National Policy
July 12, 2022

A Few Brief Takeaways from the Coronavirus Pandemic

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A lot has changed since the beginning of the COVID-19 pandemic in March of 2020, and now, it is safe to say that the worst is behind us. After over 30 million cases and half a million deaths, life is returning to how it once was in the United States. That is not the case in all countries, and as always, it is important to recognize the privilege that comes with being American. 

This pandemic will surely go down in history as an unprecedented event that drove massive change. With that in mind, future historians and ordinary people alike will derive lessons from what happened — lessons that will hopefully guide the United States into a new era. These lessons include:

Never Depend On American Selflessness

For better or for worse, the United States has one of the most individualistic cultures in the world. It would seem ineffective, then, to launch a public health campaign encouraging selflessness and community, but that was exactly what American officials did. 

“We’re all in this together!” You have probably heard it a million times, not only from Dr. Fauci but from others closer to you, such as teachers and family members. The mantra is not wrong. Like it or not, COVID-19 is a contagious disease, and the actions of others can directly impact our personal health. But there are other true statements about COVID-19 which should have been given more weight in the discourse. For example, many young people were under the impression that in all likelihood, they would not have noticeable symptoms from the disease. In reality, contracting COVID-19 at any age could result in many long-term adverse health effects, many of which are still unknown. Perhaps a more effective public health strategy would be to stress how unfortunate a diagnosis would be for anyone. 

Politicization Can Be Deadly

Two years ago, if someone had told me that the presence of a piece of cloth around the face could correlate with one’s political views, I would have been perplexed. To be clear, many conservatives wore masks, and there were likely some liberals who did not, but it is undeniable that the issue of masking became needlessly political. In fact, President Trump even insulted his opponent Joe Biden in a debate by saying Biden wore “the biggest mask I’ve ever seen.”

Vaccines are a bit different, as they have always had a political nature. That nature became especially apparent in America when a poll revealed that 45% of Republicans did not intend to receive the coronavirus vaccine. This was a vaccine backed by years of research and proven to be extraordinarily effective. The 95% effectiveness of the mRNA vaccines (Pfizer and Moderna) had never been seen before. Now, with the vaccine having been out for over six months, there is even more information proving that it is effective. In the month of May, only 0.8% of people who died from coronavirus were fully vaccinated.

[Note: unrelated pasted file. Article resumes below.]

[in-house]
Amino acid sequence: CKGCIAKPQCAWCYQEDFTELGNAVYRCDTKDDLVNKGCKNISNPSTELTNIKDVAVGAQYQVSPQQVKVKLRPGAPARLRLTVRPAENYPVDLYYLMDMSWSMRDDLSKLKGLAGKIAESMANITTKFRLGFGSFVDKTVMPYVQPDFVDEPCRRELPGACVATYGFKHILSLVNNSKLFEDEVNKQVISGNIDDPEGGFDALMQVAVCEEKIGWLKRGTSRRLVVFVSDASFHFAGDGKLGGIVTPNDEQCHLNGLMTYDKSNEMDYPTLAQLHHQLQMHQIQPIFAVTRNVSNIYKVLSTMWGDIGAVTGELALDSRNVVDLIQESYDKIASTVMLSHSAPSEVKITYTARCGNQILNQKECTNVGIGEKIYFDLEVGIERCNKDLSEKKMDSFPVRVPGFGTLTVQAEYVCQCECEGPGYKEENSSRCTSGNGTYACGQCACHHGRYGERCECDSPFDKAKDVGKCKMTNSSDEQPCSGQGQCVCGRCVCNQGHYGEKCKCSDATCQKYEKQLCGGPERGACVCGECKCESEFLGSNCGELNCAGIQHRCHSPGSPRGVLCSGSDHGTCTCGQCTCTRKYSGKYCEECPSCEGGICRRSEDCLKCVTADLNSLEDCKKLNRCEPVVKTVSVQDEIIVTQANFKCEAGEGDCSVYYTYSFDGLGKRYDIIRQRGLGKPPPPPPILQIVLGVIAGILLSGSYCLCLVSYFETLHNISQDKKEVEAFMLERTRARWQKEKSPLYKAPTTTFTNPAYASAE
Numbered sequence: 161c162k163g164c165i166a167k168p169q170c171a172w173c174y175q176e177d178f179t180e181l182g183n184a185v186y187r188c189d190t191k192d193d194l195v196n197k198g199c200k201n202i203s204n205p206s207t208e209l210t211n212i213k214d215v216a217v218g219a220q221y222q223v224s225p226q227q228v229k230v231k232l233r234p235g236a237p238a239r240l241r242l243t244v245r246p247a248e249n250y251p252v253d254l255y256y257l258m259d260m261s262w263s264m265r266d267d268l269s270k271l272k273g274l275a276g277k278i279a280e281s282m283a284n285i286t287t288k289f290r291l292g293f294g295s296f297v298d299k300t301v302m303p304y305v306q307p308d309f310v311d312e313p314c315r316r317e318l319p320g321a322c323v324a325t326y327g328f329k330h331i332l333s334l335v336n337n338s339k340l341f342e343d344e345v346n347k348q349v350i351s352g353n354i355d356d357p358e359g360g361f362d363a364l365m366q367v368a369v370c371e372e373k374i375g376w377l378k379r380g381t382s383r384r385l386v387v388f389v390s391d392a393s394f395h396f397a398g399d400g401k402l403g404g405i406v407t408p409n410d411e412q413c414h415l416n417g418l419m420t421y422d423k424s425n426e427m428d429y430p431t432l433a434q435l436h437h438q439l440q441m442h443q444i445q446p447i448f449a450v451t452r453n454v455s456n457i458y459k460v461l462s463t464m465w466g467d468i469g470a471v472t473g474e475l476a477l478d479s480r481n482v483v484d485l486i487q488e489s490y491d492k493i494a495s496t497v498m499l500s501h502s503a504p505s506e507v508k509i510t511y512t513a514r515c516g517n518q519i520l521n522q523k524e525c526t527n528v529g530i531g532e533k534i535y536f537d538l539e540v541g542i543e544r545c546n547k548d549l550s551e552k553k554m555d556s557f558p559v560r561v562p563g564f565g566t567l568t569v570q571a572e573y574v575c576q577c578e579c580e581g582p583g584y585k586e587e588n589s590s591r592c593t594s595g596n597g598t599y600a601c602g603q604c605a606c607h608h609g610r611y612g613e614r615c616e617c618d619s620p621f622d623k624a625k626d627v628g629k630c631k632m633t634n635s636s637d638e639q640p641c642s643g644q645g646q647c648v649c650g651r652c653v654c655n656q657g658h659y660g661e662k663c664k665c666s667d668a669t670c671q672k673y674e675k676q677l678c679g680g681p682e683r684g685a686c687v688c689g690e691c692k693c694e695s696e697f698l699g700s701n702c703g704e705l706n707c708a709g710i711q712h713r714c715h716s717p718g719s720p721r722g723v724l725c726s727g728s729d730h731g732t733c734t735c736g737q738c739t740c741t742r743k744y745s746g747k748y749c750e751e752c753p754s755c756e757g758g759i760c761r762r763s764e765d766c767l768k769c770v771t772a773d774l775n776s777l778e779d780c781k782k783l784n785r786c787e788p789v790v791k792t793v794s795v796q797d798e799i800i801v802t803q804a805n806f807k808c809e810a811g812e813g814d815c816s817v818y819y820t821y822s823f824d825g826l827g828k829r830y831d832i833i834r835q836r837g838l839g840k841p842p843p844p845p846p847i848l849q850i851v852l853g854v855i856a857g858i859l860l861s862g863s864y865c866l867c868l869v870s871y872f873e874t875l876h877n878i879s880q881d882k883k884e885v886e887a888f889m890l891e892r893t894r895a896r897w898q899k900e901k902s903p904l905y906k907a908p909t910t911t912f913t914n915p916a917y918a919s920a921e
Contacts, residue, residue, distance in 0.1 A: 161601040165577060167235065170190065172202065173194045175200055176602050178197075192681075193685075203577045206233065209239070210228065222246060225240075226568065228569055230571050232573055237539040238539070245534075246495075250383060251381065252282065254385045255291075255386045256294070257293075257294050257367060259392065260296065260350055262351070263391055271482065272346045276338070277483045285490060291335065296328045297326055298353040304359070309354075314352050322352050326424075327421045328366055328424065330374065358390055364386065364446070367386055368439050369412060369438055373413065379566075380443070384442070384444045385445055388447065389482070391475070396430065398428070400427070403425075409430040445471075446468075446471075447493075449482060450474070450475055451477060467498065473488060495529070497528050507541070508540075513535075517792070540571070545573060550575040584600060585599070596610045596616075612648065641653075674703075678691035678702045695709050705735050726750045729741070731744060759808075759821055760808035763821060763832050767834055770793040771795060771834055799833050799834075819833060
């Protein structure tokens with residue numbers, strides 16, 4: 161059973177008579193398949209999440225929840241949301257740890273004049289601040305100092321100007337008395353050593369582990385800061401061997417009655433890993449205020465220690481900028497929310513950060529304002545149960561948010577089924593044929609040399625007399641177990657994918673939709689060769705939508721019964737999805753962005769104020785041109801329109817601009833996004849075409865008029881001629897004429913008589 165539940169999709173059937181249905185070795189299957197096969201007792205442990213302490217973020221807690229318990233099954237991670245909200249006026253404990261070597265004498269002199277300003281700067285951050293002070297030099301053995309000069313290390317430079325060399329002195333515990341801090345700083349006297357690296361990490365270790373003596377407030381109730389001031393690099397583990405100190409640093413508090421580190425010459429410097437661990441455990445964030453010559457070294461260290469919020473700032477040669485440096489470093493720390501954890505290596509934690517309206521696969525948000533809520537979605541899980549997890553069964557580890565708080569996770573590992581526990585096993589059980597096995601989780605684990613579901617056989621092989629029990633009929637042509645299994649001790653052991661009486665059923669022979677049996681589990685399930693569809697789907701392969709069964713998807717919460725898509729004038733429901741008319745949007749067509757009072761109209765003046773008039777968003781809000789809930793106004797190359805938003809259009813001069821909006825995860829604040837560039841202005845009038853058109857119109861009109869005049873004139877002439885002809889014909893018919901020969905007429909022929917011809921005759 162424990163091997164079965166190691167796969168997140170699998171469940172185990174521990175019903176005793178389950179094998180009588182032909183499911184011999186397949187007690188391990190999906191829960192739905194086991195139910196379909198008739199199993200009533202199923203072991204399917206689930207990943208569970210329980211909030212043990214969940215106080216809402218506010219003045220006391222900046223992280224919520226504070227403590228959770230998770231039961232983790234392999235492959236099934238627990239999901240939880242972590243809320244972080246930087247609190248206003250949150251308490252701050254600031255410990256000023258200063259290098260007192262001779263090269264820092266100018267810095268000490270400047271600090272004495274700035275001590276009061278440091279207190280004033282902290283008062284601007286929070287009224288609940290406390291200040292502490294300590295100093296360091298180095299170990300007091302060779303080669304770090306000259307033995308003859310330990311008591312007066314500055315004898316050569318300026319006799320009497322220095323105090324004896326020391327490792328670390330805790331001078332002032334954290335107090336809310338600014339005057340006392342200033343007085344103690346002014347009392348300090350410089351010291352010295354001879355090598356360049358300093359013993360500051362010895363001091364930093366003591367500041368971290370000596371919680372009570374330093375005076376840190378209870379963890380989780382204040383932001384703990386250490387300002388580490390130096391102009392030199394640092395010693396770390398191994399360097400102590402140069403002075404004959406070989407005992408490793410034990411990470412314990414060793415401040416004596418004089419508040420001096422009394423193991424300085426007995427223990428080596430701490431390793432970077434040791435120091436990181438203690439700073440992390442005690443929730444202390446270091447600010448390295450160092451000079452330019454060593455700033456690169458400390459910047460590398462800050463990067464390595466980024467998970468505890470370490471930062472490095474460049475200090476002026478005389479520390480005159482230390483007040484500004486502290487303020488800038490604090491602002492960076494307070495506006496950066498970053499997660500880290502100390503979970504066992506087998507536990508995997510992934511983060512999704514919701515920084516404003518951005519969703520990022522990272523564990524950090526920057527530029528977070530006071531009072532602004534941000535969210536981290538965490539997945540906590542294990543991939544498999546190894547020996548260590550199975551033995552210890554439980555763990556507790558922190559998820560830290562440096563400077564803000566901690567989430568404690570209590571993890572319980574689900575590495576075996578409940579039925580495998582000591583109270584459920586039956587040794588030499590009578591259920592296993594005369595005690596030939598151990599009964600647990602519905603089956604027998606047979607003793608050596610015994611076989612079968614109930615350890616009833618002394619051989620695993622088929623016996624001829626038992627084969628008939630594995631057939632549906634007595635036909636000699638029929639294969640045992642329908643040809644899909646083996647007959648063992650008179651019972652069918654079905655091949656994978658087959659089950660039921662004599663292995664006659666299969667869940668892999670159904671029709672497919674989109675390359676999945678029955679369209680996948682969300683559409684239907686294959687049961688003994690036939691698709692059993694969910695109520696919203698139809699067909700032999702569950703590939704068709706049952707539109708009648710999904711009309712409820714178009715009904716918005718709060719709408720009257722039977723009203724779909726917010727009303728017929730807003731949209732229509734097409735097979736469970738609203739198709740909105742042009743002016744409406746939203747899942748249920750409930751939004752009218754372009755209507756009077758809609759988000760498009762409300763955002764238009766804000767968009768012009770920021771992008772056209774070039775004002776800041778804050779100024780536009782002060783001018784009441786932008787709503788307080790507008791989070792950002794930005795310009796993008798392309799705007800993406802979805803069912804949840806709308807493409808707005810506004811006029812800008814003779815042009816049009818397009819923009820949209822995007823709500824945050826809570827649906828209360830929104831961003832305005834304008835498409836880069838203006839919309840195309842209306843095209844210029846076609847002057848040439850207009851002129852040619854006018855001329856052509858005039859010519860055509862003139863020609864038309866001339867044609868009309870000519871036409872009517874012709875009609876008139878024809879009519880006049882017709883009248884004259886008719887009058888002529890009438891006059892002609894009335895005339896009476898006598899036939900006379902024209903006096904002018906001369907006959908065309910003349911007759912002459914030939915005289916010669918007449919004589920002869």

The politicization of public health measures has been deadly. Every day, people are dying of coronavirus who could have recovered had they been vaccinated. Earlier in the pandemic, before the vaccine existed, spread could have been slowed if people did not see going unmasked as a political statement. Politicians thrive off politicization — any opportunity to disagree with someone on the other side of the aisle is worth taking. But politicization can be devastating to everyday citizens, and it is important to be able to identify when it is happening needlessly. 

There is No Such Thing as Zero Risk

Every action we take comes with some degree of risk. Driving to work instead of biking, for example, may increase our risk of bodily injury, but many decide it is worth it for the sake of arriving on time. To fully minimize risk, one would need to stay at home in complete isolation for the entirety of their life, which would be an impossible feat. 

When weighing risk, at least two distinct — and often conflicting — interests must be considered. This past school year, administrators had to balance the interest of keeping students safe with the interest of promoting maximal learning. However, many across the country considered the former their primary interest, to the point where quality of education suffered tremendously. (For more details, see my in-depth article on school reopenings published on the Institute for Youth in Policy website in the fall of 2020). 

In general, people need to do a better job of considering all present interests in a situation, not just one. The science conclusively made clear that students could safely return to school with minimal spread, but all administrators could focus on was the fact that there would be spread, even the slightest amount. But there is no such thing as zero risk, and trying to attain it is a lost cause.